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The Caribbean Kitchen - Recipe 026
026 - Confetti Chicken Pelau

"Splatterflinger" version by Jim Lynch
Original pelau recipe by Mary de Verteuil)

added 09 August 2003

Click on the images for much larger photos!!!
The Covered
Roasting Pan.
Completely cooked
and steaming hot.
A closer look...
Click on the images for much larger photos!!!
Beginning to "fluff". Ready to serve! A more "elegant"


Confetti Chicken Pelau
(Pronounced Pell-OW!)

I helped someone make this delicious recipe about 1995 and have been looking for it ever since. The original Trinidadian Pelau is from Mrs. Mary de Verteuil, and I "kicked it up a notch" with some additions (the original is HERE). I also tried to reduce the labour involved - hope you enjoy it as much as I do!!!

Jim Lynch
(aka Splatterflinger)


Preparation: 30 minutes
Cooking: 30 minutes - then leave in oven until needed!!
To serve: 6 West Indians (or 10 - 12 north americans!!)
Timing Hints: The Pelau only takes half an hour to prepare once you get started. Then, as long as you turn the oven off at 30 minutes and leave the pan inside there there is no rush to serve - all the moisture is trapped inside the baking pan.

Equipment Hints: Again, this is a classic one-pot dish from a cuisine where many families only have one pot. Use your heaviest, thickest bottom covered pot or oven-ready skillet for best results. I use a large oval high-top turkey roasting pan (with its' cover) and that works well.

(tsp = teaspoon; tbsp = tablespoon)
About 3 tbsp cooking oil (olive oil is healthiest)
1 tbsp brown sugar

1 whole fryer chicken cut into pieces
About 2-3 pounds of thighs (about 12), drumsticks and/or breasts, etc.

Leave the bones in, if you wish. They emerge by themselves later on anyway!!

2 large onions, diced
4 cloves of garlic, finely chopped
1 bulb ginger, skinned, finely chopped
1 tbsp vinegar (any kind)
1 tomato, roughly diced
Bunch of thyme - 1/2 with, 1/2 without stalks)
6 Chives, chopped into 1/4 inch lengths
1 large can of black-eyed peas (or red beans) (drained & washed)
1/2 tsp Salt, 1/4 tsp Pepper

2 large sweet peppers, diced
          (2 colours make CONFETTI!!)(optional)
1 tsp hot pepper sauce (optional)
1 tsp curry powder (optional)

4 cups water
6 tbsp Cassareep (thick gravy browning)

2 cups rice

1/2 cup raisins (optional)

In a large skillet (frying pan) - or the baking pan indicated below - heat the brown sugar in oil until melted and caramelised.

Add chicken to skillet and brown in the hot oil
OR Bake all chicken in pre-heated oven @ 350 degrees F for 30 minutes to brown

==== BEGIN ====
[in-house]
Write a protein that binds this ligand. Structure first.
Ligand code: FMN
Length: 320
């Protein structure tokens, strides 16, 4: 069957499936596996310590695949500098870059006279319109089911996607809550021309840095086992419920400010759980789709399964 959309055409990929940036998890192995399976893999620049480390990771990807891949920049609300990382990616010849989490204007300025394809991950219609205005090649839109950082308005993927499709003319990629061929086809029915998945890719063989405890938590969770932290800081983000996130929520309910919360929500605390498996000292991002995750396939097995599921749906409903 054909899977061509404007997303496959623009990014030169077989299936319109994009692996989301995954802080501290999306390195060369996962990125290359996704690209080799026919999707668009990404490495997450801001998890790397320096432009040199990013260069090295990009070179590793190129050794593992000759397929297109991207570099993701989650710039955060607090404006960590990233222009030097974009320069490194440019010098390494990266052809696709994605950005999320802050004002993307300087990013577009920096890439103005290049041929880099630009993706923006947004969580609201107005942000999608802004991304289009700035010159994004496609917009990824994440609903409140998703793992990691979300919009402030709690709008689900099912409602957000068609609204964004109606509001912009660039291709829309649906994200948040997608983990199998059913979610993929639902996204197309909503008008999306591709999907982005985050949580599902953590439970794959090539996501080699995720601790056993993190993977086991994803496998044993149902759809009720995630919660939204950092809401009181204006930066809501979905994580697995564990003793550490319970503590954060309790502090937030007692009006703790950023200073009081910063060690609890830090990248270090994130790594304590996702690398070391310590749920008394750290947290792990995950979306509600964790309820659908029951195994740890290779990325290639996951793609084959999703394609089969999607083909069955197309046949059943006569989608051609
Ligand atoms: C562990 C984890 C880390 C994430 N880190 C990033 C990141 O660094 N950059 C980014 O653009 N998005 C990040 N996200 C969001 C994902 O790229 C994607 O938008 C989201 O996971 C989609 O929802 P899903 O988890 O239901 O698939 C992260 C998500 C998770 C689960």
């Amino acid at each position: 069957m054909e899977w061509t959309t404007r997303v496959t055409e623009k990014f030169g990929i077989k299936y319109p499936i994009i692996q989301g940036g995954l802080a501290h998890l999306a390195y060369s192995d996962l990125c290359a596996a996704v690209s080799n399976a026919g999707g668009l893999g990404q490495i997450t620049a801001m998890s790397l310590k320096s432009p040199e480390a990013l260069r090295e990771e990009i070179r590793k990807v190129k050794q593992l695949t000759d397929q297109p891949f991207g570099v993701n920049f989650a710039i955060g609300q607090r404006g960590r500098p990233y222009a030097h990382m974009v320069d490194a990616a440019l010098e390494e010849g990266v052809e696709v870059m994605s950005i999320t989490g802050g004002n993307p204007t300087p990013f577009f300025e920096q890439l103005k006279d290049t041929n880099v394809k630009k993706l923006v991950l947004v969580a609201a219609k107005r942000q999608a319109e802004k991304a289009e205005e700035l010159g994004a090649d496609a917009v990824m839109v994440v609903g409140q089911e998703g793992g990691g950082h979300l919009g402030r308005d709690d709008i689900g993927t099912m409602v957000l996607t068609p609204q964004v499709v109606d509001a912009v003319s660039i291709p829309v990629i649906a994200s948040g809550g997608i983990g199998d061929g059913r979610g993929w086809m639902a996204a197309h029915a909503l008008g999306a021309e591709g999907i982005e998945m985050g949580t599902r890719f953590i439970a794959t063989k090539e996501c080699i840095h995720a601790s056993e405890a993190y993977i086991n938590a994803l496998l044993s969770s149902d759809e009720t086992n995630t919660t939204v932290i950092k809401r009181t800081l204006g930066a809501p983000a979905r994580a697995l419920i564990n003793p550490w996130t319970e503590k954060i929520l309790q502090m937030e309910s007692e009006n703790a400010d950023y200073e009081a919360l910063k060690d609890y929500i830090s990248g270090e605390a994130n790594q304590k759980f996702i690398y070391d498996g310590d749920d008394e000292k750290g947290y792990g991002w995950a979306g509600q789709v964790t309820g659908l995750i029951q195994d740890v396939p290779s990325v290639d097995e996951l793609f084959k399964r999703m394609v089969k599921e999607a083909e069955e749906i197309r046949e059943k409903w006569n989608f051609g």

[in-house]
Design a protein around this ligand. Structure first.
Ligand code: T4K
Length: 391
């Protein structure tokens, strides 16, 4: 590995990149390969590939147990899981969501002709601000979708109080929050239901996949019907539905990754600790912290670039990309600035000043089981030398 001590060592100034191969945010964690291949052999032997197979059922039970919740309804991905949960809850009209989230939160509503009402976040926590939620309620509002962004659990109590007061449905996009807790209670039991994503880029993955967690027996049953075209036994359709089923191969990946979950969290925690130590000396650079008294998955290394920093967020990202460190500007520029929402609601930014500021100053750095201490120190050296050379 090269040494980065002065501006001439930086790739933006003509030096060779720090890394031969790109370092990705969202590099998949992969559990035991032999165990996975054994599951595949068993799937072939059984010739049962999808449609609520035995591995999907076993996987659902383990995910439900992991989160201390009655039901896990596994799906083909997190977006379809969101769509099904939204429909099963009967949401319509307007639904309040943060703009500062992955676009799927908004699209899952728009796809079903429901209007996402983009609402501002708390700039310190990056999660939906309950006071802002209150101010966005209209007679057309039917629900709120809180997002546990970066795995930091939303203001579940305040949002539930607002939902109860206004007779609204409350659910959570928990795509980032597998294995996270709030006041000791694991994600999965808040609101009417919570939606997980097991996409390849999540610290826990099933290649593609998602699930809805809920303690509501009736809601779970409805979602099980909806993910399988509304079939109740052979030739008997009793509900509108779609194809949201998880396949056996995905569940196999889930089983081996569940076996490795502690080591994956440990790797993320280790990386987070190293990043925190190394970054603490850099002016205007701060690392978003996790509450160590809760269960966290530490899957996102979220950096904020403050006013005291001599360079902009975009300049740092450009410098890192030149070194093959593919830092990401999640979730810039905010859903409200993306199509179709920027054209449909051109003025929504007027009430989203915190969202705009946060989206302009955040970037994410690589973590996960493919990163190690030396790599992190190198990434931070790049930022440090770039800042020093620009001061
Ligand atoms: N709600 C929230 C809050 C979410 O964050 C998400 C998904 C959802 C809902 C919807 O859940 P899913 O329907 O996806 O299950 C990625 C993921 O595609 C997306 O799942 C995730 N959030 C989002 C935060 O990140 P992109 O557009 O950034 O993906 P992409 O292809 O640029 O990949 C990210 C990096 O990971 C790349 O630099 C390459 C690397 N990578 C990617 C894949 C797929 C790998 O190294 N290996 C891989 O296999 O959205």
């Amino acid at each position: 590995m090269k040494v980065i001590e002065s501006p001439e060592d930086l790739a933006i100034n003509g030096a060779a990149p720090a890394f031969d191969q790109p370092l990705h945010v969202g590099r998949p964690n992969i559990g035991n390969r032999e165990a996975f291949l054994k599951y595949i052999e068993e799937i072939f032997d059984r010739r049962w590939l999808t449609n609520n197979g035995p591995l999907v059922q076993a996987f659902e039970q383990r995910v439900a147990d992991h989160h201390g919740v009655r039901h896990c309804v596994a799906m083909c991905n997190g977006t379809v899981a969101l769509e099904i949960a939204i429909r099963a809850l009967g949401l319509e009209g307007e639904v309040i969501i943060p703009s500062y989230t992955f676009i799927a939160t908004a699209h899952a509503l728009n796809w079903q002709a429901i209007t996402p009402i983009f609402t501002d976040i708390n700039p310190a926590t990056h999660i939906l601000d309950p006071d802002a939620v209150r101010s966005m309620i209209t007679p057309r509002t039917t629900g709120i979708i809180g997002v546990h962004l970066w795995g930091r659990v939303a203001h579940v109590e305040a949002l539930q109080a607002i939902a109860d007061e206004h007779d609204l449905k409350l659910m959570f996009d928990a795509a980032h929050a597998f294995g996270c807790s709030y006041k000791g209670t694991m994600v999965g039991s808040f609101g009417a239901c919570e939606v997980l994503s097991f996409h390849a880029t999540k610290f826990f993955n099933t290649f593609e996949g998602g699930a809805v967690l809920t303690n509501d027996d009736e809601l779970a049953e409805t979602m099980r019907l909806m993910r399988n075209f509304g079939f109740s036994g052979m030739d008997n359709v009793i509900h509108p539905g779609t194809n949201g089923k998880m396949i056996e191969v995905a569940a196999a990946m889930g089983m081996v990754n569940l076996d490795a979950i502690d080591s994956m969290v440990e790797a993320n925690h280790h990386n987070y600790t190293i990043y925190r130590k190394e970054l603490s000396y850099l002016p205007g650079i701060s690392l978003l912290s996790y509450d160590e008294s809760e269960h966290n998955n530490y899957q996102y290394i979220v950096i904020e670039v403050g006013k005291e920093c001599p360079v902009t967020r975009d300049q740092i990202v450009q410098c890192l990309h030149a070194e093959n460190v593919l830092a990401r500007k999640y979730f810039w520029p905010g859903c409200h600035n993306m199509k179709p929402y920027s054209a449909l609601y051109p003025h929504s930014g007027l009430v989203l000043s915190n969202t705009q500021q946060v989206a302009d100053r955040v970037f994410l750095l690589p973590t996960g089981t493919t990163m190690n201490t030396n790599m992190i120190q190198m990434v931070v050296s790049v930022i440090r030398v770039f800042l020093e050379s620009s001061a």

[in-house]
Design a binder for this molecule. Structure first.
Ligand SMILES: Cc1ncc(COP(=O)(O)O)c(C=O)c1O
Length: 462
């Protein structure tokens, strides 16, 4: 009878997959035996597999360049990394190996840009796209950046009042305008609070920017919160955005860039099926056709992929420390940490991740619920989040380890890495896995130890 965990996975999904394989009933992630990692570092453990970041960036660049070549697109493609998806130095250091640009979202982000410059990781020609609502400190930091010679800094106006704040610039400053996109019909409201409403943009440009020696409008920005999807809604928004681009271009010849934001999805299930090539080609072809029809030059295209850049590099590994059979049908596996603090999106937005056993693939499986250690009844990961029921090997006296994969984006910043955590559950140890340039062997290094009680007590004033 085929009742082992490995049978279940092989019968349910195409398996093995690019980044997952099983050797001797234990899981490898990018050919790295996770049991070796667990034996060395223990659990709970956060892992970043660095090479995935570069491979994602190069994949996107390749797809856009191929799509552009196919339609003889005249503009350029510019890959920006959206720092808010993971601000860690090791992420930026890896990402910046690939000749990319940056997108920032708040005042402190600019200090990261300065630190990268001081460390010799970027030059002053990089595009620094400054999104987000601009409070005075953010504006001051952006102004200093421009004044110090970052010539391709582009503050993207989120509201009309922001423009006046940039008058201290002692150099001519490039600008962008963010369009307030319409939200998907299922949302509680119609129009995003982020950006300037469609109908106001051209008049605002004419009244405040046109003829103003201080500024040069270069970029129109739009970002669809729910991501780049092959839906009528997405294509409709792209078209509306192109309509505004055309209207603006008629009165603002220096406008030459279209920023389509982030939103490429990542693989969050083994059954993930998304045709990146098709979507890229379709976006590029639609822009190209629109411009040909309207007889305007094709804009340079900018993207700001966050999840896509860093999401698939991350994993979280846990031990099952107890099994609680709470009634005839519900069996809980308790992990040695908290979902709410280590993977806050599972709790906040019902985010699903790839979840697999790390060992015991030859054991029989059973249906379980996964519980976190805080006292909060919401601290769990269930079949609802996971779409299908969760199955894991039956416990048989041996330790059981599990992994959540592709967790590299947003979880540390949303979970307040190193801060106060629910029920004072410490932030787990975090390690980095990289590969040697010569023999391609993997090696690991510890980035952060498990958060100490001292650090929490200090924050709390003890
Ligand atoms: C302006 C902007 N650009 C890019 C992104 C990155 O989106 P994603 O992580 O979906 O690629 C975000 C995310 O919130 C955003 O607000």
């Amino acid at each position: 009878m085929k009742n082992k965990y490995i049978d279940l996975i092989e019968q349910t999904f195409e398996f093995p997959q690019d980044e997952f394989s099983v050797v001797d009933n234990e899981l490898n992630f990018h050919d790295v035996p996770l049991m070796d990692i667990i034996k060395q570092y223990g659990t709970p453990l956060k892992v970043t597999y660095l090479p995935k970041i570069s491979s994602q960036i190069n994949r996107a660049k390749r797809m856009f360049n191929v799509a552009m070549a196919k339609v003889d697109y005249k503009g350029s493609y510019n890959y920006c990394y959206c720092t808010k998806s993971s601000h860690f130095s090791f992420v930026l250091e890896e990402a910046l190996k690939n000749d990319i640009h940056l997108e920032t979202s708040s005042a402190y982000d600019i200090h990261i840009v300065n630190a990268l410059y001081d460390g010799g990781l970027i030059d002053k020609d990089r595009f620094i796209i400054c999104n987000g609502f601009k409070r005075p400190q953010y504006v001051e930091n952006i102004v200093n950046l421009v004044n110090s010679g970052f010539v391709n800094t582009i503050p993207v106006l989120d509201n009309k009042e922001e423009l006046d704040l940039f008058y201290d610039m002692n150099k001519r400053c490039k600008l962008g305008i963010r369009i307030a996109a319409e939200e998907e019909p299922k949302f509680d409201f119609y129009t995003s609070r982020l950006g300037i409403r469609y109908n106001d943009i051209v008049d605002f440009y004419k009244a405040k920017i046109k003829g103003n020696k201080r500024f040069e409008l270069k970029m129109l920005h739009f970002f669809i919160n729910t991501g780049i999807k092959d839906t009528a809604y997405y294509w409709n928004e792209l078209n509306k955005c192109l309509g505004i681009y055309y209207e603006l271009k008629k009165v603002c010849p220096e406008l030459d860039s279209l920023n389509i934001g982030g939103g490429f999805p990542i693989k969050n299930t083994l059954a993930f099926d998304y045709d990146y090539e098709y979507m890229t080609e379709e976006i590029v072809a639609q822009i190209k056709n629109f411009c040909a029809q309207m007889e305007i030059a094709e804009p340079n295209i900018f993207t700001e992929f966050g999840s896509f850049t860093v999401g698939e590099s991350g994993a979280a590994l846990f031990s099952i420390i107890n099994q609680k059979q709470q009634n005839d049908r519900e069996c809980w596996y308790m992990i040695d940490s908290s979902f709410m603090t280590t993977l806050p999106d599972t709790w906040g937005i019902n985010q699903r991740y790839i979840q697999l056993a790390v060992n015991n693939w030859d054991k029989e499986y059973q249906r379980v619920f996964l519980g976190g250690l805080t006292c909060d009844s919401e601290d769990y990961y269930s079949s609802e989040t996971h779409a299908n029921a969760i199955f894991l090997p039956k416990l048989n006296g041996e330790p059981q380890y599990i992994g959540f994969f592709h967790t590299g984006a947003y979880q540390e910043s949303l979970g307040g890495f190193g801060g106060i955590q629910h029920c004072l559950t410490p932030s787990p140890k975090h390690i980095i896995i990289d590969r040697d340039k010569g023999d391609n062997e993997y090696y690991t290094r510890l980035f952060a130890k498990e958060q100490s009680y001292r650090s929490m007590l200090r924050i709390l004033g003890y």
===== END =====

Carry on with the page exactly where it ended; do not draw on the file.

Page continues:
OR Deep-fry chicken in 15-minute batches 
Reserve chicken (if deep-fried, dry well with paper towels)

Add all seasonings and 2 cups of water, stir and allow to cook  for 35 minutes. Then add 3 cups of water and gently stir in all of the rice.

Arrange the chicken (without the toothpicks!!) at the bottom of a baking pan (one which has a cover). Pour the liquid and rice mixture over the top, level the mixture over the entire pan, and add water just to that level.

Raisins can be added with the water or after the oven is turned off.

Cover and bake at 350 degrees F for 30 minutes. Turn the oven off.

The Pelau will now be ready whenever you are - just leave the top on and the oven door closed. When ready to serve remove the pan from the oven and uncover, fluff well with a fork or spoon (to distribute the flaking meat and allow some of the remaining moisture to evaporate), and take directly to the table.
SplatterFlinger's notes/suggestions:
  • Takes literally about 30 minutes of preparation, 30 minutes of cooking. If deep-frying the chicken, the first 30 minutes is 2 batches of 6 thighs each in the fryer while I slice, dice and generally prepare everything else. When all the chicken is done, it all goes into one covered pan and the meal is ready 30 minutes later (or whenever you get back to it).
  • In the spirit of one-pot cooking, you could use the same large baking pan on the stovetop to make the seasoning sauce, and mix the chicken into the rice before topping with water and covering to bake.
  • If this is not for an informal family dinner, remove everything from the baking pan to an attractive serving dish with a large kitchen spoon or ladle, extracting the bones, cartilage and thyme stalks as you transfer (they are uncovered anyway and easily found as you are fluffing the rice).

    Leaving the bones and thyme stalks in for the cooking segment is a definite flavour enhancement.
  • West Indians at home would plate themselves directly from the baking pan at the table, and remove the bones and thyme stalks as they are eating.
  • Chicken pieces pre-cleaned of bones and cartilage, and using only the thyme leaves are appropriate for that more "sophisticated" setting where ladies may be involved.
  • Health-conscious individuals may also want to remove the skin from the chicken before cooking - another decision about whether to enhance the flavour or to remove the cholesterol.
  • This is an excellent all-in-one dish for making in quantity, portioning out and freezing for the convenience of future snacks or meals.



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